In the season #15 premiere, Jack “The Agnostic” Garcia examines The Theater of The Absurd, a philosophical and dramtic movement that flourished between the late 1920’s to the mid 1970’s and viewed the universe as an indecipherable and mysterious place – a place ripe with comic and tragic possibilities. Playwrights who challanged the conventions of modern drama include – 1 Luigi Pirandello – a quasi-illusionist who questioned the nature of identity and the relativity of truth. 2- Friedrich Durrenmatt – Whose works fall into the realm of grotesque , black comedy. 3- Samuel Beckett – Whose plays are overflowing with allusions to literature , philosophy and theology. 4- And last but not least – Jean Genet – who transformed the obscene and erotic into his own unique poetic and anarchistic vision of the universe.
A poisoned , sick and possibly dying Jack “The Agnostic” Garcia examines The American Horror Film of The 1930’s – this may be the last Godrock Radio program ever-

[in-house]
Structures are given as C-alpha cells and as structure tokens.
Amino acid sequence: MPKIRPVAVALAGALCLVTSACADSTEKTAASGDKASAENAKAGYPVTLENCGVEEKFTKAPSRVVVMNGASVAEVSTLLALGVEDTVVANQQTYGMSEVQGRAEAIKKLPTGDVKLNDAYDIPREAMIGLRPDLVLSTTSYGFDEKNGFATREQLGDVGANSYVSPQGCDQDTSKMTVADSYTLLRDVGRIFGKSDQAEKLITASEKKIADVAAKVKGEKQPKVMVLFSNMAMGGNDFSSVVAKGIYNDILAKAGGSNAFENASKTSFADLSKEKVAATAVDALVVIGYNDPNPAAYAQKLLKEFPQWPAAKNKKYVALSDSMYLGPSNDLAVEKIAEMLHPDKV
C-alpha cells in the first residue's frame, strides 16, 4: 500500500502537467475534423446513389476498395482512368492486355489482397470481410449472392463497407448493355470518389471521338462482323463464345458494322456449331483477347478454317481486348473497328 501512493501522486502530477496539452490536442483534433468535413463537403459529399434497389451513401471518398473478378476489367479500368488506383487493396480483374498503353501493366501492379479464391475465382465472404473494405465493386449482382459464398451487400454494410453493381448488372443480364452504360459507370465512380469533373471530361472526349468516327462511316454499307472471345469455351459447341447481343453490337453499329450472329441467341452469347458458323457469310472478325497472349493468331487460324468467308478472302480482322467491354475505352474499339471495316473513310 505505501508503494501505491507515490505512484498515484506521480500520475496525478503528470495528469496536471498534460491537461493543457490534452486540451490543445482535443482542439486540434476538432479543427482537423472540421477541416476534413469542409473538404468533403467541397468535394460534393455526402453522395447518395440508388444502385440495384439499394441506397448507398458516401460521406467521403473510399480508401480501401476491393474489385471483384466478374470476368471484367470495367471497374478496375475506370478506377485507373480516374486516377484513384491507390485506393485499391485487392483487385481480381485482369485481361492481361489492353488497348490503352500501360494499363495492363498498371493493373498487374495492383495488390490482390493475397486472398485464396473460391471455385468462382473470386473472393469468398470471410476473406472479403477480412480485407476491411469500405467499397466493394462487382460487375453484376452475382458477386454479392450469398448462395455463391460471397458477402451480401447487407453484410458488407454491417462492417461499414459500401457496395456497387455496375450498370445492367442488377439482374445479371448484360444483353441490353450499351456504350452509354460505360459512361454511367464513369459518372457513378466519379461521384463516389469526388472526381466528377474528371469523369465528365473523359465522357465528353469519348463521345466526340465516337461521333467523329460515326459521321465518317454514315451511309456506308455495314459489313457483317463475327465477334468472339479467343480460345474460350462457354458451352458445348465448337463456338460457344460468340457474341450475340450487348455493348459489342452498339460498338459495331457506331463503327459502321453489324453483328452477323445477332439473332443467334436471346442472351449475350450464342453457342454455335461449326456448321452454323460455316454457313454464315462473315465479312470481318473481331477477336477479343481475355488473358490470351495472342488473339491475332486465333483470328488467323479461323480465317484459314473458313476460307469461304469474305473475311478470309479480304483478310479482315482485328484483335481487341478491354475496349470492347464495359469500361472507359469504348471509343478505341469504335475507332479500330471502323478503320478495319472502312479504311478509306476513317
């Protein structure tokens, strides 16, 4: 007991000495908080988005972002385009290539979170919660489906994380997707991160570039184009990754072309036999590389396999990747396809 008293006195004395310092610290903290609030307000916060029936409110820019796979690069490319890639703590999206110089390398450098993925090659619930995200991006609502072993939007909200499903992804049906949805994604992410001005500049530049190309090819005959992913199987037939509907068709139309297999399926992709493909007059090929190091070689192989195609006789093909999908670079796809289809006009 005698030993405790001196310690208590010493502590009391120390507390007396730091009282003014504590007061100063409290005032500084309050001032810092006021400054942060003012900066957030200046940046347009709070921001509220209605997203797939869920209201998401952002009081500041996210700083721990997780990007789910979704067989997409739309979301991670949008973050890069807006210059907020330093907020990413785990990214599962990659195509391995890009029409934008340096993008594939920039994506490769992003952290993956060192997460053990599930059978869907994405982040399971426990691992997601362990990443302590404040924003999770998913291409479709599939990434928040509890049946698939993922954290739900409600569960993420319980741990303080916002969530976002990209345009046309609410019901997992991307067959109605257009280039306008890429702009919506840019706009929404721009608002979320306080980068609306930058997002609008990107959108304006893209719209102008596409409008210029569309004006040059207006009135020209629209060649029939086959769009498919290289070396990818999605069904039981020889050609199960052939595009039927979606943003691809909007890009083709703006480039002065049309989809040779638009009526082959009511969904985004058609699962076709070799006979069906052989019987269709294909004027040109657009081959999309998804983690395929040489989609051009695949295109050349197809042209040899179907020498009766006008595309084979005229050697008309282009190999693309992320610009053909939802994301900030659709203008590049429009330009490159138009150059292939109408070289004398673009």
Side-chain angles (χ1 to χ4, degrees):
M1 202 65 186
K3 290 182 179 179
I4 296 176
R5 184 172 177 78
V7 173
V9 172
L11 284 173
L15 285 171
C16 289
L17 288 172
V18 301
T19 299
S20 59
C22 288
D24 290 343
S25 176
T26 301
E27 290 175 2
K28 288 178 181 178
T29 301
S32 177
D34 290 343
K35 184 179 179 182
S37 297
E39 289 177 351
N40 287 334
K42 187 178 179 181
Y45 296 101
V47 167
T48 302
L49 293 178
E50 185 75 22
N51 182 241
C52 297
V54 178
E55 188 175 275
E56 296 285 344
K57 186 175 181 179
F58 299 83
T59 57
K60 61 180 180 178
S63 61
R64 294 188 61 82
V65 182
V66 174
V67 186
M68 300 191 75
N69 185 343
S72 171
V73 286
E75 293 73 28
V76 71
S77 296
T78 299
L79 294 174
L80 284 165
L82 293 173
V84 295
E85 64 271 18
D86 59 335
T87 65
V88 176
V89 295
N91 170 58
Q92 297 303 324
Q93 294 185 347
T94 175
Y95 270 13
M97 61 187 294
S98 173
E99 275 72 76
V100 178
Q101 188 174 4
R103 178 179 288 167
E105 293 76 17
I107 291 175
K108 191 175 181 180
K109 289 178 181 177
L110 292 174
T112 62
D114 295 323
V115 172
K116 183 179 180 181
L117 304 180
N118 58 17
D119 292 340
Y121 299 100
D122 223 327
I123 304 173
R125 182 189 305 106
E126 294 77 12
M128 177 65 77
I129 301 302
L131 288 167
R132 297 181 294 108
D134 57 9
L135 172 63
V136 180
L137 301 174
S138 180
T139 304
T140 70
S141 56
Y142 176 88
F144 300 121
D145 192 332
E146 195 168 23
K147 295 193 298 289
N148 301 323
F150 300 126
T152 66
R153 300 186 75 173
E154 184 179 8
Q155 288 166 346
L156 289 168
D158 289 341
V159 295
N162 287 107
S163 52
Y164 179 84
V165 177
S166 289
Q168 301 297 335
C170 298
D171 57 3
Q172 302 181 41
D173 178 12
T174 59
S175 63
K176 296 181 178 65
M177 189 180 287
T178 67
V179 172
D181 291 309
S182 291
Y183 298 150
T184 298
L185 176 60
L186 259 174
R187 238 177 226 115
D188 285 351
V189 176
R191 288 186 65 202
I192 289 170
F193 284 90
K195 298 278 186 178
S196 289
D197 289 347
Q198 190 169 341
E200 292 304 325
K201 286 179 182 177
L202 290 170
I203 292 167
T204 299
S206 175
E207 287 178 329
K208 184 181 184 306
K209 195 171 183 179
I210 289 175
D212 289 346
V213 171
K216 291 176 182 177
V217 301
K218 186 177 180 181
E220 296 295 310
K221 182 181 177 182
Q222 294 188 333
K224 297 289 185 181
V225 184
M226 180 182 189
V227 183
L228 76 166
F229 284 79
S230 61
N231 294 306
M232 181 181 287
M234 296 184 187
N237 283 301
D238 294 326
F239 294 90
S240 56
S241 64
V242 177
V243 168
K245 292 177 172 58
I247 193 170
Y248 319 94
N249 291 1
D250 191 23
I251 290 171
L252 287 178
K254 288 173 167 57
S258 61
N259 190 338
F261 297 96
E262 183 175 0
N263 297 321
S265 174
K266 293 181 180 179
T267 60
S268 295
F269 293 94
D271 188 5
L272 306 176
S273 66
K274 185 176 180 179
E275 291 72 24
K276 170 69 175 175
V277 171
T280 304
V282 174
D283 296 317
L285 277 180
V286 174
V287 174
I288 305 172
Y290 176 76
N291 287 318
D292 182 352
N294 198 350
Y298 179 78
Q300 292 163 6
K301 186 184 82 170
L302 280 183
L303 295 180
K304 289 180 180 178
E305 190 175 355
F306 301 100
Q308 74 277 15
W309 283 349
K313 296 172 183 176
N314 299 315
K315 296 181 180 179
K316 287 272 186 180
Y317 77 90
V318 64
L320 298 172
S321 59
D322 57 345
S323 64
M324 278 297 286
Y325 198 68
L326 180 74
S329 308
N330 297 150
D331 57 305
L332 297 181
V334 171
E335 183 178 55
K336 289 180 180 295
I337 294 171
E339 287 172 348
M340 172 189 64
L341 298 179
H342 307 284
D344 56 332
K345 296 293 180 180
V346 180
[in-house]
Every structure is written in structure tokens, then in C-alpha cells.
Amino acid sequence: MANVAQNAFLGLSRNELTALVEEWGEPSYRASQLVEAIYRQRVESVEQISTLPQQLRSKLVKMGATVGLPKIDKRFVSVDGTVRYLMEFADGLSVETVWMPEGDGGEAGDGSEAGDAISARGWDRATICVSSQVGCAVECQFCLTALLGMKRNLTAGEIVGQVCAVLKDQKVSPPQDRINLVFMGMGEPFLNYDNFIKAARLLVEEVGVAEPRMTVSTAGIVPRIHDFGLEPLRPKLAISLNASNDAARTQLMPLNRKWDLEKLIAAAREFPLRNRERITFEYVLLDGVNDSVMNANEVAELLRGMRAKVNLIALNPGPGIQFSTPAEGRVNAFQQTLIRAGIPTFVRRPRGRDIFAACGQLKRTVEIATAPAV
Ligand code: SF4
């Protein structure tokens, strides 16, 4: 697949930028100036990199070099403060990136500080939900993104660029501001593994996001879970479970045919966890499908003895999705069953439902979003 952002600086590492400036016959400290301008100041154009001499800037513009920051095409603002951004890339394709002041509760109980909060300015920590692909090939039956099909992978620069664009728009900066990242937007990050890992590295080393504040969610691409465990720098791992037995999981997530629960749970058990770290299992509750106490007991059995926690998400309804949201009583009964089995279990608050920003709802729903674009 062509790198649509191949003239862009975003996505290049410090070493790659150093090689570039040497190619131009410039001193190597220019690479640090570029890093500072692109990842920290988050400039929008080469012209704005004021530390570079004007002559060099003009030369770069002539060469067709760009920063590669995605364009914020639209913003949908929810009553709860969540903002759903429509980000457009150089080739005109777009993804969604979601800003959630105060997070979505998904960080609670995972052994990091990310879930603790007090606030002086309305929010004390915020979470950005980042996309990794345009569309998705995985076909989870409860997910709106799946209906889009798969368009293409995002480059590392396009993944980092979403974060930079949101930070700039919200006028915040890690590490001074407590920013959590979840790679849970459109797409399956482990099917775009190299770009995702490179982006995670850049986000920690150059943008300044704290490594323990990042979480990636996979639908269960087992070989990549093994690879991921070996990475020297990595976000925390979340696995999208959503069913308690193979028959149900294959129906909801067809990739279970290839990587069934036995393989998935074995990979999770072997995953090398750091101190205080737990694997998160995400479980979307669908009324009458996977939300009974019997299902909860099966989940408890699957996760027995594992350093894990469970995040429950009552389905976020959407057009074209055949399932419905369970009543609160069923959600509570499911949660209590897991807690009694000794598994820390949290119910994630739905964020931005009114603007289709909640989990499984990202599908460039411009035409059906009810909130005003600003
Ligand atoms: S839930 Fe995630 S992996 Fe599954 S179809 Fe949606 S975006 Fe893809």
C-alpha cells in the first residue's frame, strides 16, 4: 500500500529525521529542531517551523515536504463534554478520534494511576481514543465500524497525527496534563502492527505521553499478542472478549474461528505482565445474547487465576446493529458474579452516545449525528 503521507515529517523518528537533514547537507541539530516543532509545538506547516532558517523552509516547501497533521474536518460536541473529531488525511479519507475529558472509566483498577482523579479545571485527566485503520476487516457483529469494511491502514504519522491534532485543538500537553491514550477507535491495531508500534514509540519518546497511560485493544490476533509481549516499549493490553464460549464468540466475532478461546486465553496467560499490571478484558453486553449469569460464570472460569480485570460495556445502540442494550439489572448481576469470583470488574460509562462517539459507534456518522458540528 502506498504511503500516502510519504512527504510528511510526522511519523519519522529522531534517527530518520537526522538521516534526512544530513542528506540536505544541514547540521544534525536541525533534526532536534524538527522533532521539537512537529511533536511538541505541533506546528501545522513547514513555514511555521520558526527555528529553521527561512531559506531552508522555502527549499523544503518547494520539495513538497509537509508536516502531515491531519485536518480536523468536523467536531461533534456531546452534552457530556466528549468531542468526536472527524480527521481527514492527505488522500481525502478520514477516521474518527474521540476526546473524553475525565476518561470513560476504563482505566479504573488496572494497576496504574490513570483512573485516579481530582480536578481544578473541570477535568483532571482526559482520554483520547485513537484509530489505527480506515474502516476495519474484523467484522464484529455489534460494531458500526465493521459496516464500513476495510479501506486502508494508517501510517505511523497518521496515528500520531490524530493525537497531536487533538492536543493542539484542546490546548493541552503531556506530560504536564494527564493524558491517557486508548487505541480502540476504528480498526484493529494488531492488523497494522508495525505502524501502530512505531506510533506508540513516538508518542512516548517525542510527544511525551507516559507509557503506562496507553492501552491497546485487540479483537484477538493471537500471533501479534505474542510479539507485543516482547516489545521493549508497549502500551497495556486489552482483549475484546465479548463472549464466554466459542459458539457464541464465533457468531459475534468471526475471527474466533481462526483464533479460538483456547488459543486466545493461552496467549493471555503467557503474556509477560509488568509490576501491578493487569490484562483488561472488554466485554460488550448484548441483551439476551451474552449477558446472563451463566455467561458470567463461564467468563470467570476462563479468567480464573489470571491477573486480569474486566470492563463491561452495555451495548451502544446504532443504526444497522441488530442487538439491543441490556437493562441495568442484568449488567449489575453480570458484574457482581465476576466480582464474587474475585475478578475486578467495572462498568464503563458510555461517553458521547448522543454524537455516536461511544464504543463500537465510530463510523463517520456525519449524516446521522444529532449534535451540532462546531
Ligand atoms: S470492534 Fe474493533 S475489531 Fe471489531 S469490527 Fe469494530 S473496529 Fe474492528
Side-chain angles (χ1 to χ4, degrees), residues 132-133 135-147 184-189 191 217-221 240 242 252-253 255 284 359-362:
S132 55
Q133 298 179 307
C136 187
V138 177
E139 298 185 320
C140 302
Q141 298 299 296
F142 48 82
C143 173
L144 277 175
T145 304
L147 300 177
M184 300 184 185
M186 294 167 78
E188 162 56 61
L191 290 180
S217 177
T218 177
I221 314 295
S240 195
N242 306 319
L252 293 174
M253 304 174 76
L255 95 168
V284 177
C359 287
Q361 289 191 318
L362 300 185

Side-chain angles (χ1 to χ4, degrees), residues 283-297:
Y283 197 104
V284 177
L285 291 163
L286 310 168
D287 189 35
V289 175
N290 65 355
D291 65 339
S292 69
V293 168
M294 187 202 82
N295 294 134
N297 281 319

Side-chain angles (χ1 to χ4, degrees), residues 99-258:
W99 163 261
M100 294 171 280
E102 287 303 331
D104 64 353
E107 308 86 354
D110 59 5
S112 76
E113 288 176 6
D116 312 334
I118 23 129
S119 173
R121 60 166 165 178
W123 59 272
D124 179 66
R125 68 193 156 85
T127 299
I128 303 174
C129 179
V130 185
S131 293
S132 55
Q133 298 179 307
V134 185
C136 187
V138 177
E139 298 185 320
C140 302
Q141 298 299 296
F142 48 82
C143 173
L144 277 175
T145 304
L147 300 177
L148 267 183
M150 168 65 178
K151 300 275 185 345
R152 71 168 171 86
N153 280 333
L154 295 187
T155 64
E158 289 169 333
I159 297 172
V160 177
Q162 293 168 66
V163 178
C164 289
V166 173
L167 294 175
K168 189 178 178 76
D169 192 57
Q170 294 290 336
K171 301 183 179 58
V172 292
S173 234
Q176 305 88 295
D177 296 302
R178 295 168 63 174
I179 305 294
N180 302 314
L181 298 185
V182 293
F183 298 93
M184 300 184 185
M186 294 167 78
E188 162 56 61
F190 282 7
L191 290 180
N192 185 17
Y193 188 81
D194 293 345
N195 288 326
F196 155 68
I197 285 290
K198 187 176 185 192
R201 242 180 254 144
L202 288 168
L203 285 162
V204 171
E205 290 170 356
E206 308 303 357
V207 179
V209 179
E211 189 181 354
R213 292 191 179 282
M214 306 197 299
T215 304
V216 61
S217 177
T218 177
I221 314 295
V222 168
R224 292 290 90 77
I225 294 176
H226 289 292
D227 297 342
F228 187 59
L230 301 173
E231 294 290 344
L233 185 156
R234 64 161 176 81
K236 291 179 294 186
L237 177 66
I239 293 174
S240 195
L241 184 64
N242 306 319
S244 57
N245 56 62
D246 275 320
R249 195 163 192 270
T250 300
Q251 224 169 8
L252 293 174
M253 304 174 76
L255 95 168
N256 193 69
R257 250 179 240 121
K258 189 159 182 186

Noted film historian and lover of genre movies – Jack “The Agnostic” Garcia examines the development of early talkie (1930-1939) horror cinema. With the codification of the American horror film , thanks to the success of Universal’s Dracula & Frankenstein (1931) , other studios decided to begin their own cycle of horror films culminating in the first sound Golden Age of horror cinema. First up its little known and forgotten gems – like Dracula’s Daughter (1936) an overlooked Gothic sequel to the Bela Lugosi classic in which a moon faced and beguiling Gloria Holder seeks love and eternal release. Next up its , Dr. Jekyll and Mr. Hyde (1931) – whose sexuality was so explicit that many steamy scenes were edited out of many initial release prints and Murders in The Rue Morgue (1932) a creepy and perverse adaptation of Edgar Allen Poe’s classic short story which features Bela Lugosi as a twisted and obsessed deviant whose dream is to cross bred human beings with apes. Next up its Tod Browning’s sideshow classic Freaks (1932) a disturbing yet sympathetic entry in the disfigurement / deformity cycle that began in the 1920’s . Then its the team up of ghoulish and strange Lionel Atwill , Fay Wray and director Michael Curtiz – Dr X (1932) and Mystery of the Wax Museum (1933) an interesting and macabre mixture of horror and chills that would become highly influential and be remade many many times. Jack also examines many other highly stylized forgotten gems , curios and obscurities that frightened not only the audience but censors as well.